Your divorce negotiations have begun and one of the first things you must consider is how to handle the family home. For those who find themselves making this decision about a home where they have started their family and want to provide a sense of stability for their children going forward, keeping the family home may appear to be the right thing to do. However, this decision can potentially negatively impact your family’s financial future without your realizing it.
If you have intentions of keeping the home, in many cases, it means you are responsible for paying the mortgage and property taxes on your own for the first time. Along with the many other changes that come with a divorce, you may now be facing these new costs without having the income streams you are accustomed to. To help in making this decision, I recommend creating a post-divorce budget with updated sources of income and a thorough list of expenses, including your future home costs. You can use our Cash Flow Spreadsheet to make this tedious task a little easier! Preparing your post-divorce budget is the first step in determining if taking on these additional home costs are realistic for you and your family.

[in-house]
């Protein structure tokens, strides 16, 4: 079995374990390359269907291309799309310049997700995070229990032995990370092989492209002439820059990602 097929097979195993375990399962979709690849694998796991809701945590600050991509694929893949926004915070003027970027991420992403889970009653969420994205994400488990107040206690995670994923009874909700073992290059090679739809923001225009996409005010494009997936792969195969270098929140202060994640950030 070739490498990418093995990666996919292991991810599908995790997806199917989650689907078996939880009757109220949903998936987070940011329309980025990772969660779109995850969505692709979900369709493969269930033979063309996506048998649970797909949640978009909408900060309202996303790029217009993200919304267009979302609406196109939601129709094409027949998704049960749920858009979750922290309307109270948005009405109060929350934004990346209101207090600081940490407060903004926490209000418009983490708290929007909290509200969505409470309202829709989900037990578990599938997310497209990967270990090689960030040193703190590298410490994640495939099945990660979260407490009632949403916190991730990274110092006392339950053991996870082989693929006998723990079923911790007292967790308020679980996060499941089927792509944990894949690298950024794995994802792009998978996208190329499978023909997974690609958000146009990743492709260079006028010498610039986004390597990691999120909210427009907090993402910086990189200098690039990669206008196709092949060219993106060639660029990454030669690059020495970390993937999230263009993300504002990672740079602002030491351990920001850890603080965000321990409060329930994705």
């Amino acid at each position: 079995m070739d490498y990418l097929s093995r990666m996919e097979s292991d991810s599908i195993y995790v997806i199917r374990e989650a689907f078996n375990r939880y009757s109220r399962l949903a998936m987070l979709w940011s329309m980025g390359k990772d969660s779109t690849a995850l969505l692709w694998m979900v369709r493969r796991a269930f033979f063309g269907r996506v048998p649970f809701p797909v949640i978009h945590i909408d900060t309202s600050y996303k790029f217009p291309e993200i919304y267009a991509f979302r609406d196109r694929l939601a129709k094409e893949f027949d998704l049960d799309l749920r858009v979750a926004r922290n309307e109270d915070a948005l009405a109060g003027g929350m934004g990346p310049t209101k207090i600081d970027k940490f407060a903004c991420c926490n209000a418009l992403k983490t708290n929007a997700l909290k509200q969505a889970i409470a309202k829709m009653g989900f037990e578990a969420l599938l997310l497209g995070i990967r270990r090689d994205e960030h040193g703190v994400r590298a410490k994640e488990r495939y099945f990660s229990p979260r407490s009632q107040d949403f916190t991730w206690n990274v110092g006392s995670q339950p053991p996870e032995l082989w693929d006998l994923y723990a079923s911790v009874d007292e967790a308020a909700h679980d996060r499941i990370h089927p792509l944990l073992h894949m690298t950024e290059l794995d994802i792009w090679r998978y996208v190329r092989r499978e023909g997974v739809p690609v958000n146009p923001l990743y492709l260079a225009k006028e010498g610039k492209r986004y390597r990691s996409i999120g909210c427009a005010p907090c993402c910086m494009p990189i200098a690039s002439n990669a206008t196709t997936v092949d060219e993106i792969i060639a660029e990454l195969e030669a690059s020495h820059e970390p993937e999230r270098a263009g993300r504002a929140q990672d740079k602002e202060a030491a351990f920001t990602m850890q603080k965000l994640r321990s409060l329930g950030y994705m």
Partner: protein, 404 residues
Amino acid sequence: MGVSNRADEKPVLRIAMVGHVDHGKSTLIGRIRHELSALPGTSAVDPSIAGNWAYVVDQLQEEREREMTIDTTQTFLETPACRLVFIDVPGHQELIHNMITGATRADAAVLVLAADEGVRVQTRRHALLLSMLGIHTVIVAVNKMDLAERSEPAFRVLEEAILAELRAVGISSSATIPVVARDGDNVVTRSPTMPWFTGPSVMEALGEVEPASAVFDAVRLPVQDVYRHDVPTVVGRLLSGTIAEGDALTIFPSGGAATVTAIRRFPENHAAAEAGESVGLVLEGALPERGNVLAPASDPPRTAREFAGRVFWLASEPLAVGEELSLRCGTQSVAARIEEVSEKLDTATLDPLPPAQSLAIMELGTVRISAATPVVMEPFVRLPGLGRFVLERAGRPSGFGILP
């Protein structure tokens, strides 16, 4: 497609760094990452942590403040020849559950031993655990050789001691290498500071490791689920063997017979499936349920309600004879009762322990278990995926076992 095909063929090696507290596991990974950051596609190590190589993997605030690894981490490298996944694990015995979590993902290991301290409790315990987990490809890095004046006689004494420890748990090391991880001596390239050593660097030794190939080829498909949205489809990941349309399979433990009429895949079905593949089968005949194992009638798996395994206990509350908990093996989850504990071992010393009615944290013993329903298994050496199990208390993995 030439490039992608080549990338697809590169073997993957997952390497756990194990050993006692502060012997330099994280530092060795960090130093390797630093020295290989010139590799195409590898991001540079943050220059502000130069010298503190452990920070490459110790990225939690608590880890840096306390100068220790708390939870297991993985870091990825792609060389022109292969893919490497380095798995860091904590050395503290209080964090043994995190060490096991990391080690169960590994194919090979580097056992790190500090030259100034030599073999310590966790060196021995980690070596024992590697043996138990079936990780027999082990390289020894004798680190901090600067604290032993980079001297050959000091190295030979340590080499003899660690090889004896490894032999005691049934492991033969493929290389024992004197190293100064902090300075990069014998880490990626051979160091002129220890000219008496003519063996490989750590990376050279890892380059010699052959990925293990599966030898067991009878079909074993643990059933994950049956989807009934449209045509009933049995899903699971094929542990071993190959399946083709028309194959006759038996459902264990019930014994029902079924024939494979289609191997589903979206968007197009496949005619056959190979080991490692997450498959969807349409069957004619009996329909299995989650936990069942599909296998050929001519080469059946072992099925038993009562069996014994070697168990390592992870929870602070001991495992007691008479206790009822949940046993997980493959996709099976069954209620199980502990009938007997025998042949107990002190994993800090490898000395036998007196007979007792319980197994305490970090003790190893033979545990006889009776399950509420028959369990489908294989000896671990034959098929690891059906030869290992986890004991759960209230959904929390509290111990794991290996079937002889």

Being a homeowner is more than just making mortgage payments every month. Another thing you will want to consider before making this decision are future, and often unexpected, home repair costs. Given that you chose to keep the home, you likely settled for receiving less in cash or investment assets, possibly limiting your ability to pay for these inevitable repairs.
If you are planning on taking withdrawals from your liquid assets to fund your mortgage payments or home repairs, you should have a clear understanding of how these withdrawals will impact your financial future. This can be an especially daunting task for those who are taking on financial responsibilities for the first time. The good news is that your financial advisor can help. By considering all the factors that go into a divorce negotiation, including keeping the home, we can prepare cash flow projections that allow you to make your settlement decisions based on facts, not emotions.
Every divorce is different. The important thing is to set aside emotions, and prepare yourself for making difficult, complicated decisions by understanding their impacts on your finances. If you find that keeping your family home will significantly impact your ability to retire or achieve other important financial goals, it may be time to consider other options like downsizing or renting. While not keeping the home may feel like another overwhelming change during what is already a difficult transition, you are actually taking one of the first steps in preparing your family for a financially healthy new beginning.